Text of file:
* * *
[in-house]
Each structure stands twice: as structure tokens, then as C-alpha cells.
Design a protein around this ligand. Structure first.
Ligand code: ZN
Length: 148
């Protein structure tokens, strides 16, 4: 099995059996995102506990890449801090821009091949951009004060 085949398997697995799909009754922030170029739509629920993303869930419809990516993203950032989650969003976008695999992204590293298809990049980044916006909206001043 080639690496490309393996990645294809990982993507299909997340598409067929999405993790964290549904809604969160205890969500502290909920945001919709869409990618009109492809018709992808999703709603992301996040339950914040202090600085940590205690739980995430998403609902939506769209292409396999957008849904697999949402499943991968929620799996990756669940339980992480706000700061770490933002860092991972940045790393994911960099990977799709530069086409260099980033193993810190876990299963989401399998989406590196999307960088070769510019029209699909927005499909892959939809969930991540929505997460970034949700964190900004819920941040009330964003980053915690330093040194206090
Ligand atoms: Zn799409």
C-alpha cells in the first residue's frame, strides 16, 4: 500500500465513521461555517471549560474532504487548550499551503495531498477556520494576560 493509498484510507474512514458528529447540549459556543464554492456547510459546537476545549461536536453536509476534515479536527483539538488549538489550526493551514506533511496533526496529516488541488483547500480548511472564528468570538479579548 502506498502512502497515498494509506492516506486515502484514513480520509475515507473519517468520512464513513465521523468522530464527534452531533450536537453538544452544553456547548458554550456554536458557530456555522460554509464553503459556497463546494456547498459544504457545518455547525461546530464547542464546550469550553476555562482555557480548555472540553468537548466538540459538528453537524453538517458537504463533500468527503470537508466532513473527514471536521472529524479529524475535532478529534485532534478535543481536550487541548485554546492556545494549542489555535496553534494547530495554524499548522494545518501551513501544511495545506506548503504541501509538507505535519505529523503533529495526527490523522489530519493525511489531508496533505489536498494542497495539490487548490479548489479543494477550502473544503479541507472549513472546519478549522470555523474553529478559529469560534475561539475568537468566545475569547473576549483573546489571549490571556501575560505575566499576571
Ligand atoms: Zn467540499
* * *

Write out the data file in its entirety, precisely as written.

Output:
[in-house]
Each structure stands twice: as structure tokens, then as C-alpha cells.
Design a protein around this ligand. Structure first.
Ligand code: ZN
Length: 148
């Protein structure tokens, strides 16, 4: 099995059996995102506990890449801090821009091949951009004060 085949398997697995799909009754922030170029739509629920993303869930419809990516993203950032989650969003976008695999992204590293298809990049980044916006909206001043 080639690496490309393996990645294809990982993507299909997340598409067929999405993790964290549904809604969160205890969500502290909920945001919709869409990618009109492809018709992808999703709603992301996040339950914040202090600085940590205690739980995430998403609902939506769209292409396999957008849904697999949402499943991968929620799996990756669940339980992480706000700061770490933002860092991972940045790393994911960099990977799709530069086409260099980033193993810190876990299963989401399998989406590196999307960088070769510019029209699909927005499909892959939809969930991540929505997460970034949700964190900004819920941040009330964003980053915690330093040194206090
Ligand atoms: Zn799409």
C-alpha cells in the first residue's frame, strides 16, 4: 500500500465513521461555517471549560474532504487548550499551503495531498477556520494576560 493509498484510507474512514458528529447540549459556543464554492456547510459546537476545549461536536453536509476534515479536527483539538488549538489550526493551514506533511496533526496529516488541488483547500480548511472564528468570538479579548 502506498502512502497515498494509506492516506486515502484514513480520509475515507473519517468520512464513513465521523468522530464527534452531533450536537453538544452544553456547548458554550456554536458557530456555522460554509464553503459556497463546494456547498459544504457545518455547525461546530464547542464546550469550553476555562482555557480548555472540553468537548466538540459538528453537524453538517458537504463533500468527503470537508466532513473527514471536521472529524479529524475535532478529534485532534478535543481536550487541548485554546492556545494549542489555535496553534494547530495554524499548522494545518501551513501544511495545506506548503504541501509538507505535519505529523503533529495526527490523522489530519493525511489531508496533505489536498494542497495539490487548490479548489479543494477550502473544503479541507472549513472546519478549522470555523474553529478559529469560534475561539475568537468566545475569547473576549483573546489571549490571556501575560505575566499576571
Ligand atoms: Zn467540499